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I came across a story about health in The Independent from earlier this year. Research had found that people living in a privately rented home seemed to have significantly worse health than homeowners.
This was measured by the amount of CPR (C-Reactive Protein) an individual had. The higher the level found, the worse the health, as it directly related to infection and stress.
I am often sceptical about the findings of research, but as this is a health issue, should it be treated more seriously? I am not sure, as to provide sufficient information from my point of view would be impossible, because the sample would have to be checked.
For example, how many of the samples were owner occupiers who would be prepared to say they lived in poverty? Now in later life, unable to pay for double-glazing or have boilers replaced, many live in a poverty they had not known in younger days.
What about social tenants? Do they all live in perfectly sound homes with all the benefits we now consider standard? Maybe now all live in homes that meet the decency standard, but that has not always been the case. How many of them were tested? In my local area, many social tenants rely on the food bank and the community meal provided by the local Church.
Do the readings test the same for the professional people who in some areas, are reported as being dependent on food banks? How is CPR affected by whether you are a professional person, in work and in difficulties or a benefit dependent, non-working tenant? There are so many different combinations of circumstances, how exact is it and how sure can we be, that living in private sector housing is the factor that influences levels of CPR and therefore the general health of a private sector tenant?
Without a lot more evidence, I am not convinced. What I do know is that there will be no shortage of people ready to, yet again, place the blame on the private sector and the long put upon private landlord.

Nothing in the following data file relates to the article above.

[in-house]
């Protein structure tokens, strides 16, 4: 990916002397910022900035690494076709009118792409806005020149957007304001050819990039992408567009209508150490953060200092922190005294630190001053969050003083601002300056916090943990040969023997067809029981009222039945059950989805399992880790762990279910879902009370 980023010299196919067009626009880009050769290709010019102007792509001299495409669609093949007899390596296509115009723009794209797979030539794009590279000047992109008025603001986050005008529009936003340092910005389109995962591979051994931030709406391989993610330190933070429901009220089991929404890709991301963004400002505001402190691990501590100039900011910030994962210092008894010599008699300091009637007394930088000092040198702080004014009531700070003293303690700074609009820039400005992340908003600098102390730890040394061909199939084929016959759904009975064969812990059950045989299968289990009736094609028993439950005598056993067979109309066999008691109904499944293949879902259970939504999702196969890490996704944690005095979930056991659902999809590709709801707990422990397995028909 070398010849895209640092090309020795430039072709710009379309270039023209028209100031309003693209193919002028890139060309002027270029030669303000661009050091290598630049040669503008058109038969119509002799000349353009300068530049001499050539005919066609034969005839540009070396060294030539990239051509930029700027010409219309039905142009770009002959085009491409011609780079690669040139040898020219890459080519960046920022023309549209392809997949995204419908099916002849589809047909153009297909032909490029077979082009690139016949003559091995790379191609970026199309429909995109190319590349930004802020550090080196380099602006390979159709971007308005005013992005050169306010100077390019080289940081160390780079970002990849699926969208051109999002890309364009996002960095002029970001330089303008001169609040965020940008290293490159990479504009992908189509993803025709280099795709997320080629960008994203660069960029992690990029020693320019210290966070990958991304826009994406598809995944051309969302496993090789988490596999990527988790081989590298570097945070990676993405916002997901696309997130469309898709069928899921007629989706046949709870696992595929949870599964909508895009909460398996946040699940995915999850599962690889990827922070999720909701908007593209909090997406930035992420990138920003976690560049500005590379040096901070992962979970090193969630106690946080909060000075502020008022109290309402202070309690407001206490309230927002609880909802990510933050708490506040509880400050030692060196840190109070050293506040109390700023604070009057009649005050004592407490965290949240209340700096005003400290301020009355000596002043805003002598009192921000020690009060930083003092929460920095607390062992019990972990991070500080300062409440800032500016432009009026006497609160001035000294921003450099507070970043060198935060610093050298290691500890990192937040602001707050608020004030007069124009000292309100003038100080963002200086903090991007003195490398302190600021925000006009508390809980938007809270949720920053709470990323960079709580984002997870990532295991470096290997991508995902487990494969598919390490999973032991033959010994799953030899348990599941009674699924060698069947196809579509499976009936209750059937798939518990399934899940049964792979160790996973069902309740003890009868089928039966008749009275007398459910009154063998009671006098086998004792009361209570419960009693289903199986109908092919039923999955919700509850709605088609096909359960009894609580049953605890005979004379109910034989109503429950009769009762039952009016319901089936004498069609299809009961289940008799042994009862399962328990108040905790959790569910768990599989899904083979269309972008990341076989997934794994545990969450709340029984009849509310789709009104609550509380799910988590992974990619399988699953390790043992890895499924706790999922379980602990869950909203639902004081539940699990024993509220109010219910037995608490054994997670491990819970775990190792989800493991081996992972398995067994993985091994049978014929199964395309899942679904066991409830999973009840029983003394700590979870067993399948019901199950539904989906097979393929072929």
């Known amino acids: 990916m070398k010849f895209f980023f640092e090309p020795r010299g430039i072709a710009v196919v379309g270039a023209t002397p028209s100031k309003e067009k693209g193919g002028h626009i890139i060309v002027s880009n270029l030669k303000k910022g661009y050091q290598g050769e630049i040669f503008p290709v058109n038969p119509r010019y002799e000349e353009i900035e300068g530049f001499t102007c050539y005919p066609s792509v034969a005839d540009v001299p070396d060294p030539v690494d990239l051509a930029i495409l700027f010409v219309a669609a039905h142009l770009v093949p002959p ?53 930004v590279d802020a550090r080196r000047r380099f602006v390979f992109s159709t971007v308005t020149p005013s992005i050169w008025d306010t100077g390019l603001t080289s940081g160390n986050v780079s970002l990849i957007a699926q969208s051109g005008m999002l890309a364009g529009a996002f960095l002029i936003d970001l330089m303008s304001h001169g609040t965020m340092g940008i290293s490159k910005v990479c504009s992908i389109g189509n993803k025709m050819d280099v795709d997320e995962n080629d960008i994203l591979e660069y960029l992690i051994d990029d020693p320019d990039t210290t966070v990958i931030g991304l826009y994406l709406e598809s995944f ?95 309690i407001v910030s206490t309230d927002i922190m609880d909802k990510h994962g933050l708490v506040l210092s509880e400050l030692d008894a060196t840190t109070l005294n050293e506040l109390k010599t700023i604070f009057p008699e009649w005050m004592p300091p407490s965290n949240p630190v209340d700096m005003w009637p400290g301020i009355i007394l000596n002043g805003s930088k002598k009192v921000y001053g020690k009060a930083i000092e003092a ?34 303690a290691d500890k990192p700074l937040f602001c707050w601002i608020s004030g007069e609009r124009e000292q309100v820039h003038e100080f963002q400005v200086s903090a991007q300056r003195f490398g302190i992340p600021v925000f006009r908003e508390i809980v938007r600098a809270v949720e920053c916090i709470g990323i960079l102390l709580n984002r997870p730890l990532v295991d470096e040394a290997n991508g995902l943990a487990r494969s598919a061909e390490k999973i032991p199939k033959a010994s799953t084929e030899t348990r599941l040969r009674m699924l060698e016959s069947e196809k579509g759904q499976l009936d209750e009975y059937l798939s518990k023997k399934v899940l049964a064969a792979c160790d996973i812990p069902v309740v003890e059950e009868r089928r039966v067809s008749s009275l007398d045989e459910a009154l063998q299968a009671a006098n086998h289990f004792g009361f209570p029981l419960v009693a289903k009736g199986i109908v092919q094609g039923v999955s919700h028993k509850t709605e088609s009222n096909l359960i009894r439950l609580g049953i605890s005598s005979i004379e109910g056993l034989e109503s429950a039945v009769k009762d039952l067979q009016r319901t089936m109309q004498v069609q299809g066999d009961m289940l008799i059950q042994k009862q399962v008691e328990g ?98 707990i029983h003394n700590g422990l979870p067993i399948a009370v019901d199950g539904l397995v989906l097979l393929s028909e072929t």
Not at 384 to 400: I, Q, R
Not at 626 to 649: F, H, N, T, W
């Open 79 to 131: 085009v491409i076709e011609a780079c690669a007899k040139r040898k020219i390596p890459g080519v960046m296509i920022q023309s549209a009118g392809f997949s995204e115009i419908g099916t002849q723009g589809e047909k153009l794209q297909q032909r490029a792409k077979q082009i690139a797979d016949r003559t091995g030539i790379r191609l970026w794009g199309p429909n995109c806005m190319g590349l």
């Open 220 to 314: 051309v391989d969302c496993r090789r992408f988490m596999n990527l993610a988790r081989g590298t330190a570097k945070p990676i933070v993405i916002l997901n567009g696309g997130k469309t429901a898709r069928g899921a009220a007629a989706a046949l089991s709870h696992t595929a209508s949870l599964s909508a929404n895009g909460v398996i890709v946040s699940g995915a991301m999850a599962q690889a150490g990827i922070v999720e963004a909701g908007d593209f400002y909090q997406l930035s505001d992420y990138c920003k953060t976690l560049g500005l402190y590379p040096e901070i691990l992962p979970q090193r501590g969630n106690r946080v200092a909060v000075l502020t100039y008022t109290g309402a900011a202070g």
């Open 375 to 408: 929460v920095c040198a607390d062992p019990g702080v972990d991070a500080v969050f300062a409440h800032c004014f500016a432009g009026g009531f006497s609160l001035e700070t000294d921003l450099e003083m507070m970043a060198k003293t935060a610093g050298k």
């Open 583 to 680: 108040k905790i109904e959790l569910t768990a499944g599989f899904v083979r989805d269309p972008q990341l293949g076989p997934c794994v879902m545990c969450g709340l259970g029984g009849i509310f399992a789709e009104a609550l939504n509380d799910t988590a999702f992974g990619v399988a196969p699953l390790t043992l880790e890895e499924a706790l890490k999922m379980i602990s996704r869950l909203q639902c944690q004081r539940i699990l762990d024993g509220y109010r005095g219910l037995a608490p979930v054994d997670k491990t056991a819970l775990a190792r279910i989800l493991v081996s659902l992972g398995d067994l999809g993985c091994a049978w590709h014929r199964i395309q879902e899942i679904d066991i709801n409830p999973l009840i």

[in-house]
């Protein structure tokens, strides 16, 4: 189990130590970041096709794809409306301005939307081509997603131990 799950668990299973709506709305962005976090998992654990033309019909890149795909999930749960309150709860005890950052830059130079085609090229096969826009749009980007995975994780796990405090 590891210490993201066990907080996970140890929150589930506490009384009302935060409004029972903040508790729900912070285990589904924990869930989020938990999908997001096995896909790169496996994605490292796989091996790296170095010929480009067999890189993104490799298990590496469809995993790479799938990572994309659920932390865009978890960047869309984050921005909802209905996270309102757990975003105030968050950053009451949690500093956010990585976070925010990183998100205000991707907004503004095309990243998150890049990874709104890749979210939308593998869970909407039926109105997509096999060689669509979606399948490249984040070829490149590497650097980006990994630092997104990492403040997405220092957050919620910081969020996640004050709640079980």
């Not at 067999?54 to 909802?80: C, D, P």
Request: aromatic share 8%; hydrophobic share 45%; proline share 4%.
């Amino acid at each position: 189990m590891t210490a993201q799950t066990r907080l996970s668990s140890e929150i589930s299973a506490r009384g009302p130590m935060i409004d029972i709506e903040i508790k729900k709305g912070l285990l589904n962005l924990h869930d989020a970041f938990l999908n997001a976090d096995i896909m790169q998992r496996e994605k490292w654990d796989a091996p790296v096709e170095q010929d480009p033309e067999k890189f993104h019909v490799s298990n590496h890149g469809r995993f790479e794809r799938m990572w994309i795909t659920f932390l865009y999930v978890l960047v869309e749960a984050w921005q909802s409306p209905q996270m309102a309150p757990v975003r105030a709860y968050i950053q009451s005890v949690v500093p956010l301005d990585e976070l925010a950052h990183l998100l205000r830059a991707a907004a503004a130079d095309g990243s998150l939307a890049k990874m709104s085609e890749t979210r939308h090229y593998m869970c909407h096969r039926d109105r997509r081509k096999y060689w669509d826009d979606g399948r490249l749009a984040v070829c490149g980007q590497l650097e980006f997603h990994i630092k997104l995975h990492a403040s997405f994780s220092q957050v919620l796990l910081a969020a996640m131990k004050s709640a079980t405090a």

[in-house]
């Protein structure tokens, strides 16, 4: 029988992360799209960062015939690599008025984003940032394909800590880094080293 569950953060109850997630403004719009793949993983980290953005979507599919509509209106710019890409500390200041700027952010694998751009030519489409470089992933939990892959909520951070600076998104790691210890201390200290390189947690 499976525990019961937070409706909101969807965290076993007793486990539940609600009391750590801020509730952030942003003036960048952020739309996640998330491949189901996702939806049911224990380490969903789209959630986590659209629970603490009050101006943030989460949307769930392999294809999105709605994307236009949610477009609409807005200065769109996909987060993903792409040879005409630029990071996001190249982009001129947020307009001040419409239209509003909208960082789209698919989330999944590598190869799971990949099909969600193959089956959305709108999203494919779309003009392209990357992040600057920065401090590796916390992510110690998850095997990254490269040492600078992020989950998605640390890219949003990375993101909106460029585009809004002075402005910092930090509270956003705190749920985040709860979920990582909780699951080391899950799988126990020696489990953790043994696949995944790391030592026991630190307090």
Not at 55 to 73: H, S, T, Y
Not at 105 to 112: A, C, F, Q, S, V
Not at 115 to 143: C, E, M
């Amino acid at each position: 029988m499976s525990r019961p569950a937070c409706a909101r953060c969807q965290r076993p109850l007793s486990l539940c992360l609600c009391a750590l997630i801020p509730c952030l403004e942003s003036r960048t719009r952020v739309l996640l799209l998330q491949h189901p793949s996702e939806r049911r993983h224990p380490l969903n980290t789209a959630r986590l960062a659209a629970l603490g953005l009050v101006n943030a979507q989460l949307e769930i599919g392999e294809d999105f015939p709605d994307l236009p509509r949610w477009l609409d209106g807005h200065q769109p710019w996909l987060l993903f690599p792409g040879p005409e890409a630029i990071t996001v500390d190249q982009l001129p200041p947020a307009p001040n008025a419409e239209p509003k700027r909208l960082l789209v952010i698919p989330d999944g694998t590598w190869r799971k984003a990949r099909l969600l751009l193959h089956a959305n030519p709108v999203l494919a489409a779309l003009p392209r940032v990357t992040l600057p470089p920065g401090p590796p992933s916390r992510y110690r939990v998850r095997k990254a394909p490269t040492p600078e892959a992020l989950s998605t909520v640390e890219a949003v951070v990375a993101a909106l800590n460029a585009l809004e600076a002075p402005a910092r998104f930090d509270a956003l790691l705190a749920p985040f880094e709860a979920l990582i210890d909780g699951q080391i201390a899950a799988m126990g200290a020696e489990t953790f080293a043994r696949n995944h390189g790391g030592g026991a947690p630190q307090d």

In my many years of involvement with the private sector, I have advised landlords on how to obtain the help that is available to them, to ensure that their properties meet the standards the law, good management and tenants, requires. Which is why I find it difficult to believe that it is the properties themselves which are resulting in these distressing results. Grants from local authorities have provided double glazing, new boilers and other measures that should make the home environment warmer and more economic to run – surely this should lead to better health, not worse?
It should. For some tenants, it would. But tenants are not all the same. Many social tenants will have moved from poor conditions, will never have lived in their own properties before; it would be irrelevant for some tenants how good a property was, because they carry the seeds of ill-health with them. No allowances are made in the research for past history, as they look at the one factor that has a ‘yes’ or ‘no’ answer – are you a private sector tenant? A ‘yes’ answer is all that is needed to prove the case.
I have visited private sector properties which it was clear had been good properties, before the tenant moved in with untrained dogs and cats, allowed children to ride bikes in the house and knock chunks out of sapele doors, that don’t open windows, but dry washing on radiators, leading to walls covered in black mould spores.
If the landlord is uncaring, prepared to risk enforcement agencies discovering their bad practices, then I am happy to accept that their tenants’ health will be affected, and they need help to be re-homed. But most landlords do not deserve to have the poor health of their tenants laid at their door, and certainly not when the tenants are complicit by the poor manner in which they live.
For advice on buy to let issues – General Knowledge